Franke: The Flag

October 21, 2020

by Mark Franke

The American flag seems to be everywhere these days and I suppose that is a good thing. After all, the flag is a symbol of who we are and what we believe.  We are a creedal nation, as George Will describes us.

My childhood recollection is that there was a federal law prohibiting the use of the flag and its image in any manner other than posted on a flagpole or hung according to strict guidelines. I don’t recall seeing any other uses when growing up back in the halcyon days of the Eisenhower administration.

Now one sees its being used for clothing, travel mugs, soccer chairs and even COVID masks. Granted, the people who purchase such items do so out of respect for the flag and to publicly display their commitment to its principles. They are proud to be American and want others to know it.  

Still, these uses are technically illegal. My childhood memory is correct; there is a federal law proscribing such uses.  The odd thing is that the federal law includes no penalties for violations. That is the open door to patriotic and respectful display regardless of what the law says. The flag as a symbol has become personalized to most of us here in the land of the “deplorables.” We respond blatant disrespect for the flag on national newscasts by displaying its image everywhere we can. 

What happened during my seven decades of life to cause this? Could it have been the public flag burning that began during the Vietnam War? Remember Rick Monday’s outfield dash to rescue a flag that had been ignited by protestors at Dodger Stadium?

The American Legion, an organization of veterans who fought for this flag, continues to make respect for the flag its number one legislative priority. A constitutional amendment is introduced every congressional session but never goes anywhere. As a Son of the American Legion based on my father’s service in D-Day, I certainly understand that heartfelt determination to protect the flag even though the chances of a constitutional amendment are virtually nil.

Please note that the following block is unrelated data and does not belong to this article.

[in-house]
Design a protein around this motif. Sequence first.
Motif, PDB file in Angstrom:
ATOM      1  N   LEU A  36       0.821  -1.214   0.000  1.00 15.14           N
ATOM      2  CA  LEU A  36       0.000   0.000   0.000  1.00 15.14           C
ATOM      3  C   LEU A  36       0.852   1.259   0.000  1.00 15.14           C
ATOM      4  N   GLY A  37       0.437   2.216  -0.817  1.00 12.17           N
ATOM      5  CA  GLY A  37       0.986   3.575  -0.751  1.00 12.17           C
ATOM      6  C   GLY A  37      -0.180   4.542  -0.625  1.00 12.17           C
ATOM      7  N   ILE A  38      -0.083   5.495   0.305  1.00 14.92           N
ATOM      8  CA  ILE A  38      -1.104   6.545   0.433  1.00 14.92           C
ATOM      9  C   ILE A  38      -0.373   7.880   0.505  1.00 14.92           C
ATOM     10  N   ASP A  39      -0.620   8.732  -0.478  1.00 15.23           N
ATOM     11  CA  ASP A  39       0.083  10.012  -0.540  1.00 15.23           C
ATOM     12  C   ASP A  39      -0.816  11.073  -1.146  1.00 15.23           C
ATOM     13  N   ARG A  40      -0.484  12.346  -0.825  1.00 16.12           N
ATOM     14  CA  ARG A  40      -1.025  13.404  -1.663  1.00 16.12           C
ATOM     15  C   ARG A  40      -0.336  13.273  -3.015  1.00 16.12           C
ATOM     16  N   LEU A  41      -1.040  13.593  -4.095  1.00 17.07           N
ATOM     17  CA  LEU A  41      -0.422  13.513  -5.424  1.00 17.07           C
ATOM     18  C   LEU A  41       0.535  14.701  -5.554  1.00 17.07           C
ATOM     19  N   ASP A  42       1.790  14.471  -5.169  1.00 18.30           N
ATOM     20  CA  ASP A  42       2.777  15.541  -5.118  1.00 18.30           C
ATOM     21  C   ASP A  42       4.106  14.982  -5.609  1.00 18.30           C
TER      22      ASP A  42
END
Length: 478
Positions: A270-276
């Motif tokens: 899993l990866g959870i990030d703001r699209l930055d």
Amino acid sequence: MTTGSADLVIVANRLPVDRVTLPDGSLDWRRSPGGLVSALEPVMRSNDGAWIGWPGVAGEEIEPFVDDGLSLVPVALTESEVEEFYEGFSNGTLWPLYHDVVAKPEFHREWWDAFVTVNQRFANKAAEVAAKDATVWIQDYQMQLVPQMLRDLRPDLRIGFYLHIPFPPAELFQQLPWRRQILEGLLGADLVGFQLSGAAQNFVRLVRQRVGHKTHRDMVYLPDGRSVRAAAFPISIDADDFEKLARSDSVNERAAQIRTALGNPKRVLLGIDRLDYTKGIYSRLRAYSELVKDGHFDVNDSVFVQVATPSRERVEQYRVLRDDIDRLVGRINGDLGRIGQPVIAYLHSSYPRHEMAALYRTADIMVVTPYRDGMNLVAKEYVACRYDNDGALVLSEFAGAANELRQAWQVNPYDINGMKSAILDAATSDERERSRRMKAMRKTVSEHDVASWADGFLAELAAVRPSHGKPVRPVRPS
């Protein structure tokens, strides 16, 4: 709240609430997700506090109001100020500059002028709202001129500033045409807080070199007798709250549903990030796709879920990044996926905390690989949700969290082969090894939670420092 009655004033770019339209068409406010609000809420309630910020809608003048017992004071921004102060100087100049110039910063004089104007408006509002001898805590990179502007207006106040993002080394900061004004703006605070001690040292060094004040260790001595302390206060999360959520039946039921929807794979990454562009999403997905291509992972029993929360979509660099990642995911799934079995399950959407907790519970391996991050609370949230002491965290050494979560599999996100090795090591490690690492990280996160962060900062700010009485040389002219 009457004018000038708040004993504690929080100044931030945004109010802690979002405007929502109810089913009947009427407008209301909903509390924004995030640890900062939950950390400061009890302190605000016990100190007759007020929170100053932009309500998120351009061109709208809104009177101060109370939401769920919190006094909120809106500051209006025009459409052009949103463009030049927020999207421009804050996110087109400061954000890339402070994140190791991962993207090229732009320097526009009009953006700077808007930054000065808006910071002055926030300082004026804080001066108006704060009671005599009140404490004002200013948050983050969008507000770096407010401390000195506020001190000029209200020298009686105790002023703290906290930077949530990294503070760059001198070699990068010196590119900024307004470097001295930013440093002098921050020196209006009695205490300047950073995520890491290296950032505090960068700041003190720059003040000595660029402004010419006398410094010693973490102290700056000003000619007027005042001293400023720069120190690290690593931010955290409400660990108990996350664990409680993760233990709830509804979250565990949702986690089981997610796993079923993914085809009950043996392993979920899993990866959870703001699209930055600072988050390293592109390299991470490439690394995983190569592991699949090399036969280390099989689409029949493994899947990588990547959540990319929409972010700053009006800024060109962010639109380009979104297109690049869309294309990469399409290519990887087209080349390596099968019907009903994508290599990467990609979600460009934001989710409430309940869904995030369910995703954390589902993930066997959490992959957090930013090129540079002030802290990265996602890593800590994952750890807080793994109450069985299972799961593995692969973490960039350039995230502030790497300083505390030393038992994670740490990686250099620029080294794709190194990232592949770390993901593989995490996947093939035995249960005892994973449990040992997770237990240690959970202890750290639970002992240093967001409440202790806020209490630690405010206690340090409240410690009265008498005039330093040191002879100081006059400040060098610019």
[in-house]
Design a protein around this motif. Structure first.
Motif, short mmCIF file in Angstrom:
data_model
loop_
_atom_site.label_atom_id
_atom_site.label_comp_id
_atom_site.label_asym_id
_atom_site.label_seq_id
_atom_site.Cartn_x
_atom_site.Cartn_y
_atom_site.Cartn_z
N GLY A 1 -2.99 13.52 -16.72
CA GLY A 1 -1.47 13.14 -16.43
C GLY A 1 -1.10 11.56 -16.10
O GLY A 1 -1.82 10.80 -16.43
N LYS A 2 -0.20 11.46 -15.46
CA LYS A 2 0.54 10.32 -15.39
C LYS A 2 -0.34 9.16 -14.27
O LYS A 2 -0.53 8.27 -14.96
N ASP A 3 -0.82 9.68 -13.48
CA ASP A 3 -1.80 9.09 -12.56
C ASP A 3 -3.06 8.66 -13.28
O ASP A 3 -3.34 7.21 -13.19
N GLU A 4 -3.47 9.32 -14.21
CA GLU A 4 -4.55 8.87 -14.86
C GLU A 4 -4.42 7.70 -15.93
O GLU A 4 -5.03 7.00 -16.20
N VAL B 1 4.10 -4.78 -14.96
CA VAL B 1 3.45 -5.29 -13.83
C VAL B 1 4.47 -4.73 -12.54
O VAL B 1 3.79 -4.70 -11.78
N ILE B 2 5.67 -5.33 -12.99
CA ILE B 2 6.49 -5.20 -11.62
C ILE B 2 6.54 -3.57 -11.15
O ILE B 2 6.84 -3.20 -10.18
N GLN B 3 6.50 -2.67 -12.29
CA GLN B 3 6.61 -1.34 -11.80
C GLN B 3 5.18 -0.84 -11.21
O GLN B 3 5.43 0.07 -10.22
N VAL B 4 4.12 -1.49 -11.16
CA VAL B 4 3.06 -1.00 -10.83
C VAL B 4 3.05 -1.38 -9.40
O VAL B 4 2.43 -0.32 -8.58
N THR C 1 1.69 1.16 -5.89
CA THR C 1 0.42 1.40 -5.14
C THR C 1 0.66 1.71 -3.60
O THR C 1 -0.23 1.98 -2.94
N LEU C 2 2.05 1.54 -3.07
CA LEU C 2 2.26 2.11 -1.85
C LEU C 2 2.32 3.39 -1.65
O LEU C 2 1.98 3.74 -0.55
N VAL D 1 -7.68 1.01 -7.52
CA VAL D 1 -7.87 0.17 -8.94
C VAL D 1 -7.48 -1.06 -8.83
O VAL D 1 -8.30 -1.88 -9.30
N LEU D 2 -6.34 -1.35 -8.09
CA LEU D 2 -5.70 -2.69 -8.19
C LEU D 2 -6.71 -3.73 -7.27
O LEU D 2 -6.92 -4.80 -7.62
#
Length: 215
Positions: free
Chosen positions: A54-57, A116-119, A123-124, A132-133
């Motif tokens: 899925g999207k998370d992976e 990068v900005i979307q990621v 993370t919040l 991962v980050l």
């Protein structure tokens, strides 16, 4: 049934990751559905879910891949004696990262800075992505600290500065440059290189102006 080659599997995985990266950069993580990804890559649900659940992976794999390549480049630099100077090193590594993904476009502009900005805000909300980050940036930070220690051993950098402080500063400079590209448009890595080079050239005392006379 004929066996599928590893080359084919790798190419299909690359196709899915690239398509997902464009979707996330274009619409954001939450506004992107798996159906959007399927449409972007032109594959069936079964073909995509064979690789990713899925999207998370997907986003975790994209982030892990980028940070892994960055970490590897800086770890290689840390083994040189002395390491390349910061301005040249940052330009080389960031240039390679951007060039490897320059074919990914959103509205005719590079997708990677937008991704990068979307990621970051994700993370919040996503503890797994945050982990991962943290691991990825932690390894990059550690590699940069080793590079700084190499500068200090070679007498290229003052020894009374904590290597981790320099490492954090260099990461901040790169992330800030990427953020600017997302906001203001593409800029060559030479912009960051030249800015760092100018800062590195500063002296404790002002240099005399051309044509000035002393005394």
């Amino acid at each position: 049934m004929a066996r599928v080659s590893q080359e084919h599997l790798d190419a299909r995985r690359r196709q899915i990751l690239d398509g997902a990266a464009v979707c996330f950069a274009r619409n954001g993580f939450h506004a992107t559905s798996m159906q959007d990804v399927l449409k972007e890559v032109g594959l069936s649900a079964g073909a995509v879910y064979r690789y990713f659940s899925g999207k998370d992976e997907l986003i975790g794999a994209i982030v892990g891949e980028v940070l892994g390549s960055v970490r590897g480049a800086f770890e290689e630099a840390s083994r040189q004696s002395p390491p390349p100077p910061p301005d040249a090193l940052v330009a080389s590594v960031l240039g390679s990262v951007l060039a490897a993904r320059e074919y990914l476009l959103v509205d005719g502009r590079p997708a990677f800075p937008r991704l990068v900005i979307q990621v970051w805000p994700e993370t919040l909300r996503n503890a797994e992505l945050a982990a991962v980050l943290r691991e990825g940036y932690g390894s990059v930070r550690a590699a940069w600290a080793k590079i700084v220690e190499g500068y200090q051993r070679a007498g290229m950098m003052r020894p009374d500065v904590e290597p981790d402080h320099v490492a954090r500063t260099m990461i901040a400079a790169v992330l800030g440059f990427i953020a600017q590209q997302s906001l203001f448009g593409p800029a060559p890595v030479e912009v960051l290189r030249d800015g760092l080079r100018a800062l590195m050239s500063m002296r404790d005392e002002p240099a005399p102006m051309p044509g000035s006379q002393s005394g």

The passions are certainly heating up now. The furnace got restoked by NFL quarterback Colin Kaepernick’s refusal to stand during pre-game national anthems and the aftershocks of that. Now kneeling is de regur at many professional sporting events. One might take these multi-millionaires more seriously if they did something tangible, such as donating significant percentages of the massive incomes they receive for playing little boys’ games to charitable causes that actually help the less fortunate.

This is the disconnect we have in our nation today. I go anywhere in public here in northeast Indiana, appropriately masked of course, and I see illegal but patriotic displays of flag images. Then the national media show me another world entirely. The coastal elitists are quick to claim some kind of moral and intellectual superiority over us in fly-over land where we only care about “our religion and our guns,” just two among the many liberties the flag represents.  We have become an underclass, relegated to a serf-like existence generally ignored by our betters unless the opportunity for ridicule arises.

So do well-intentioned people disrespect the flag when we wear it on our clothing? Technically, I suppose we do yet one can’t help but wonder why the federal law contains no penalties for violations. Maybe that’s why the American Legion and other patriotic organizations want a constitutional amendment to sanction at least the most egregious actions of disrespect.

The conundrum for classical liberals like me is to reconcile the principles personified by Old Glory with the more visceral attitudes about treatment of the flag itself. Should it be illegal to wear the flag image as a shirt?  Probably not, so perhaps that’s why there is no enforcement of the federal law. Our First Amendment right to freedom of speech is the higher order “law” in this case.

What about the flag burners?  Are they exercising their same right to freedom of speech? My brain says yes while my heart screams no. As usually is the case, I will go with what my brain tells me. The maintenance of liberty, all of it, is the reason we have a constitutional nation today.

But it wouldn’t hurt for our schoolchildren to begin each day with the Pledge of Allegiance as their grandparents did. That may help them preserve their idealistic innocence long enough to ensure America remains “one nation under God” rather than the dystopian shouting match seen on 24-hour news channels.

Isn’t that our role as a beacon of liberty?  The whole world is watching indeed.

Mark Franke, an adjunct scholar and of the Indiana Policy Review and its book reviewer, is formerly an associate vice-chancellor at Indiana University-Purdue University Fort Wayne.


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